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Water relations, photosynthesis, xylem embolism and accumulation of carbohydrates and cyclitols in two Eucalyptus species (E. camaldulensis and E. torquata) subjected to dehydration-rehydration cycle

Abstract : Key message Resilience to xylem embolism and the accumulation of cyclitols are promising criteria for the selection of drought-resilient Eucalyptus species. Abstract Due to the aridity of the climate in the southern Mediterranean region, the choice of suitable species for afforestation projects is crucial. The present study aims to compare resilience mechanisms against drought in two frequently used Euca-lyptus species (E. camaldulensis and E. torquata). Two-year-old self-rooted cuttings of the two species were grown in sand-filled pots and subjected to a dehydration period followed by rehydration. At regular intervals, water relations, gas exchange, chlorophyll fluorescence and xylem embolism were measured on these plants. In addition, carbohydrates and cyclitols were quantified in their leaves. The results revealed that E. camaldulensis was more resilient to drought than E. torquata. During the dehydration phase, plant water status, cell turgor, net photosynthetic rate (P n) and photosynthetic machinery integrity were less affected in E. camaldulensis than E. torquata. After rehydration, these variables were at levels similar to those of control plants in the case of E. camaldulensis, but not in the case of E. torquata. The restoration rate was 96% and 88% for predawn leaf water potential (Ψ pd), and it was 98% and 77% for P n in E. camaldulensis and E. torquata, respectively. The resilience of E. camaldulensis against drought may be due to the efficiency of two determinant survival mechanisms: osmotic adjustment and resistance to xylem embolism. Indeed, E. camaldulensis was less vulnerable to drought-induced xylem embolism and more able to repair embolized xylem vessels than E. torquata. Xylem refilling reduced embolism rate (percent loss of conductivity) to 15% in E. camaldulensis, compared to 22% in E. torquata. Furthermore, E. camaldulensis was found capable of efficient osmotic adjustment than E. torquata by accumulating soluble carbohydrates, especially cyclitols. Indeed, under severe drought (Ψ pd of − 7 MPa), E. camaldulensis accumulated 9.27 mg g − 1 DW of quercitol and 3.81 mg g − 1 DW of pinitol; it also had three times more myo-inositol in its leaves than E. torquata. We suggest the use of resilience to xylem embolism and the accumulation of cyclitols to screen Eucalyptus germplasm for drought resistance.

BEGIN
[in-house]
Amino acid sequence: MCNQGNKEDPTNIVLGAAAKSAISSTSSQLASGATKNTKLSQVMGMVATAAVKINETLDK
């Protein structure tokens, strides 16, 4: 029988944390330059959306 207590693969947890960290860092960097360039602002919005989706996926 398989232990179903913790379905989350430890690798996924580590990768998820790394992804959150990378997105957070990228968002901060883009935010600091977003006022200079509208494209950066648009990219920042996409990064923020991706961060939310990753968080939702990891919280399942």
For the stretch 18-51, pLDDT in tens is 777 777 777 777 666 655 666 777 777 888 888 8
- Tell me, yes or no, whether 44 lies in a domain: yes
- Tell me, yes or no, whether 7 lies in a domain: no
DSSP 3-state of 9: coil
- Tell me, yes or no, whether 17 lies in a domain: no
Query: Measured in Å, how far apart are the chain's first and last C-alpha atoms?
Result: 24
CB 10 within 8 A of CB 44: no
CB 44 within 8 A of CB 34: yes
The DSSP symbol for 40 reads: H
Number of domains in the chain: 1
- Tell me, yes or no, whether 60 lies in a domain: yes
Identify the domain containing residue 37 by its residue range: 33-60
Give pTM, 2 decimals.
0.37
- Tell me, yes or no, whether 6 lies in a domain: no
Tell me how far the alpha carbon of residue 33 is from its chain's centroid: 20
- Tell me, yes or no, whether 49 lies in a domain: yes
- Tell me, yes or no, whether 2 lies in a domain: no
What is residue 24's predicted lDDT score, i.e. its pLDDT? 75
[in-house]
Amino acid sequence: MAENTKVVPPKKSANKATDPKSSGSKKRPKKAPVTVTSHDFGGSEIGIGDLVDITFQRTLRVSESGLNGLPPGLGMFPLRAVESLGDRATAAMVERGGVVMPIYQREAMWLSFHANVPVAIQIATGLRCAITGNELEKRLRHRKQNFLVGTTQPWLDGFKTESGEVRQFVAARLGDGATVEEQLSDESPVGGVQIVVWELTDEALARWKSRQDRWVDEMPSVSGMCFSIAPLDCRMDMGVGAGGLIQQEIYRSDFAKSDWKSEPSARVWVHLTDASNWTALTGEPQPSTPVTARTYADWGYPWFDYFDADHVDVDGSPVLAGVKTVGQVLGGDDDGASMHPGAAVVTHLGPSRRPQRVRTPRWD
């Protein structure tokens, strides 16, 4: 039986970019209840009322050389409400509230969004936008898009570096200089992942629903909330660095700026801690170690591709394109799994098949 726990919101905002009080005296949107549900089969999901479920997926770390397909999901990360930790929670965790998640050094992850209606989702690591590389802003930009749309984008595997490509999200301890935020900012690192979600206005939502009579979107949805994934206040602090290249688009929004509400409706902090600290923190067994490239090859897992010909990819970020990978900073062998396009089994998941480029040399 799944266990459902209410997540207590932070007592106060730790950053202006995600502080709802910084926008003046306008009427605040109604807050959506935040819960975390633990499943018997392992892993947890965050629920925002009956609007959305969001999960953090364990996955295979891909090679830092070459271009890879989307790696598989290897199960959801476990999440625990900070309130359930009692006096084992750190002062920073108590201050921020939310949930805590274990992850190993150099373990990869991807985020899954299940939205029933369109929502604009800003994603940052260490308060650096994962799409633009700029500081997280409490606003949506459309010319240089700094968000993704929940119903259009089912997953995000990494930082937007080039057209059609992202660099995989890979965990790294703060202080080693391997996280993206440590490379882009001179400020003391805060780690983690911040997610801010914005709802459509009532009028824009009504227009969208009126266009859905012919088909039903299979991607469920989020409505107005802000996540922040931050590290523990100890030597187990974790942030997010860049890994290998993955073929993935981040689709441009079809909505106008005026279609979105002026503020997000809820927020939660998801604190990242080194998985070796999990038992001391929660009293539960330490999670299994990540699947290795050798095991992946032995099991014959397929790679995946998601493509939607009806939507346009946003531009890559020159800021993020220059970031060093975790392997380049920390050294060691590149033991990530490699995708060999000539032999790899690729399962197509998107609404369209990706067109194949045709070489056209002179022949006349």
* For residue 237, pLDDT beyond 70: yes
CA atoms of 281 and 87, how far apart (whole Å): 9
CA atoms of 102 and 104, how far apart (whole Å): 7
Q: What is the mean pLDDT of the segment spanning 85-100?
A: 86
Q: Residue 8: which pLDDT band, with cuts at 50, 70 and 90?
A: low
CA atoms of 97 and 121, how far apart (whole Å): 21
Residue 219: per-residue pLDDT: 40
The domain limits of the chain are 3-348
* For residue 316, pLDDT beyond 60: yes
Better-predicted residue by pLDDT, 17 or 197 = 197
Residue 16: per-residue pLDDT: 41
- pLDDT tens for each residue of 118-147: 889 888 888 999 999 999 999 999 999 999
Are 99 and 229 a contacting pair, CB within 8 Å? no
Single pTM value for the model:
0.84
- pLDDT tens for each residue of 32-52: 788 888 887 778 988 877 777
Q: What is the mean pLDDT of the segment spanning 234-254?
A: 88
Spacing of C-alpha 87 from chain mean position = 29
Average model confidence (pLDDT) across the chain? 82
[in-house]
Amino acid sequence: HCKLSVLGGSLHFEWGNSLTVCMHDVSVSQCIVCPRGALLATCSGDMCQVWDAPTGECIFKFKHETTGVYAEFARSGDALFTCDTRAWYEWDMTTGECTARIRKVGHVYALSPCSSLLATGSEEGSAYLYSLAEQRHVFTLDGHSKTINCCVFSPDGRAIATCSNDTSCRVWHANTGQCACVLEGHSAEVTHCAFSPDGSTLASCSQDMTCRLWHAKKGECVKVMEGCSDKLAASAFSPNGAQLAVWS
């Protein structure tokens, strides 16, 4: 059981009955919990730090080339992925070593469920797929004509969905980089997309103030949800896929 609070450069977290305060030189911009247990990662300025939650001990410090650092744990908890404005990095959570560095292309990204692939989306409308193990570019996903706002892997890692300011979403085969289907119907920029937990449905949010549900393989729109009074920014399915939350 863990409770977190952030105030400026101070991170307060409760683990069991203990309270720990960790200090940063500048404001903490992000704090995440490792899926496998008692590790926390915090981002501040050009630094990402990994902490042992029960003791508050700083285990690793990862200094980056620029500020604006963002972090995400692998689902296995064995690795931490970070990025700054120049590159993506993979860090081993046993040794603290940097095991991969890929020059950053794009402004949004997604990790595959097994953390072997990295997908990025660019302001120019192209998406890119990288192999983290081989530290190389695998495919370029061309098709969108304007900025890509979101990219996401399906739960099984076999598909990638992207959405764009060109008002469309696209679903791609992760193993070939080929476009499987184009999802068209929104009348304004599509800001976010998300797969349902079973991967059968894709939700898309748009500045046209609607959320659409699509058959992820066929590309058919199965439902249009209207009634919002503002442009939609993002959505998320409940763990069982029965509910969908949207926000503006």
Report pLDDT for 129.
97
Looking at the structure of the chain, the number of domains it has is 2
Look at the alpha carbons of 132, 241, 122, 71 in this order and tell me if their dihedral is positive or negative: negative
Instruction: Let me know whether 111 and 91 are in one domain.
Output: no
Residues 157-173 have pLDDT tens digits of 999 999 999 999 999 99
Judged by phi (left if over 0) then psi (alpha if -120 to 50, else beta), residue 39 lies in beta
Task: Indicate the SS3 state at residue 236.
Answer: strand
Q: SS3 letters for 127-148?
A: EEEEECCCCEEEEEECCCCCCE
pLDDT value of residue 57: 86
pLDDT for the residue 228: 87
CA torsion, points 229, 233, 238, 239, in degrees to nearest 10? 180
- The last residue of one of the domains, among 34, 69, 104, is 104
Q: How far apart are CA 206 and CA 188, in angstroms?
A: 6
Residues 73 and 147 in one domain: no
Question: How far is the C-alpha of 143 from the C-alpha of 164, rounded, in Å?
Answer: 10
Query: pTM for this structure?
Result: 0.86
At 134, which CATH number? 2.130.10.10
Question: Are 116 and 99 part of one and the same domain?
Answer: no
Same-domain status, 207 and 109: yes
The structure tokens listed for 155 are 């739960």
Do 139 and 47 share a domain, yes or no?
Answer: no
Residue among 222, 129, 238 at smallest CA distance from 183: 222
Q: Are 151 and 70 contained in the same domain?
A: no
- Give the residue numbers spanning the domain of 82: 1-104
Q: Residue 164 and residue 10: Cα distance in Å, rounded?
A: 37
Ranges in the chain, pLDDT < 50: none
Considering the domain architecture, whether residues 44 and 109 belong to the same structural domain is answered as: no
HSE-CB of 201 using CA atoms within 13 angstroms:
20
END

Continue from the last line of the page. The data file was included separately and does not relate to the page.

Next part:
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Samira Souden, Mustapha Ennajeh, Sarra Ouledali, Nooman Massoudi, Hervé Cochard, et al.. Water relations, photosynthesis, xylem embolism and accumulation of carbohydrates and cyclitols in two Eucalyptus species (E. camaldulensis and E. torquata) subjected to dehydration-rehydration cycle. Trees - Structure and Function, Springer Verlag, In press, 1, 14 p. ⟨10.1007/s00468-020-02016-4⟩. ⟨hal-02928663⟩

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